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Ticket Tax Opponents Submit 19,000 Signatures For Ballot Measure

Anti-ticket tax petition signatures are counted at City Hall.
Olivia Miltner
Anti-ticket tax petition signatures are counted at City Hall.

Opponents of Columbus’ ticket tax submitted around 19,000 signatures Monday to put a ballot measure in front of voters in November.

The ballot measure would stop any tax or fee from being placed on tickets for arts and entertainment events in Columbus. It’s a direct response to thetwo ticket taxes that went into effect last week, placing a 5% fee on admissions costing more than $10.

Bret Adams, who helped organize the petition effort, says the public deserves a say in the tax.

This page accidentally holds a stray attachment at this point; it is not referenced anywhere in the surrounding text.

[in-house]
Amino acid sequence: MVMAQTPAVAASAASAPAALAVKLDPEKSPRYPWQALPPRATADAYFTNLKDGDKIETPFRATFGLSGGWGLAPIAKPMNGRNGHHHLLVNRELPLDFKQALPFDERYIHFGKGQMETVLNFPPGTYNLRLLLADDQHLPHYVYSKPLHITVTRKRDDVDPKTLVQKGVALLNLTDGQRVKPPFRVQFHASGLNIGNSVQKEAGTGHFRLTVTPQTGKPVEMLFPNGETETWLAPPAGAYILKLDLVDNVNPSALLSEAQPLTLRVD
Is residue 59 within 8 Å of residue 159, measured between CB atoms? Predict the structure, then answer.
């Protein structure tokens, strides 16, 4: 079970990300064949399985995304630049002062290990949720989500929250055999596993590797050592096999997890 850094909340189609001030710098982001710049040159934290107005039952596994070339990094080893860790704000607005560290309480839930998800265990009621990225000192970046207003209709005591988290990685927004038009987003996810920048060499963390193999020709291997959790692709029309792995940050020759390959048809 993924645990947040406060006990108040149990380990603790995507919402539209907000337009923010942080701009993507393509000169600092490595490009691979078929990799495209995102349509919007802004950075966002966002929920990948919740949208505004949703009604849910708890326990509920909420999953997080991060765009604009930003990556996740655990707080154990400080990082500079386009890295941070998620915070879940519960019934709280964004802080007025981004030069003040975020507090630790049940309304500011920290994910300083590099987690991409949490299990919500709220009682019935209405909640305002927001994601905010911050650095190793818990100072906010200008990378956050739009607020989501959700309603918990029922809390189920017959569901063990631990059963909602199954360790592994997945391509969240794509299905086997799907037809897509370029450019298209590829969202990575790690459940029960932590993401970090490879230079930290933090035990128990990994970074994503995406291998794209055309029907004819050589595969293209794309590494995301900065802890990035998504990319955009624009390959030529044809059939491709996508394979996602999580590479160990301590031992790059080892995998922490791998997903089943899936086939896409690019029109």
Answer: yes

“Our concern is that City Council pushed this through without really considering what the public felt about this," Adams said.

Supporters say Columbus arts are publicly underfunded, and the first ticket tax is expected to generate $6 million annually for arts organizations. Adams thinks the city should instead secure more private funding.

A similar 5% tax on Nationwide Arena events will go toward maintaining that facility.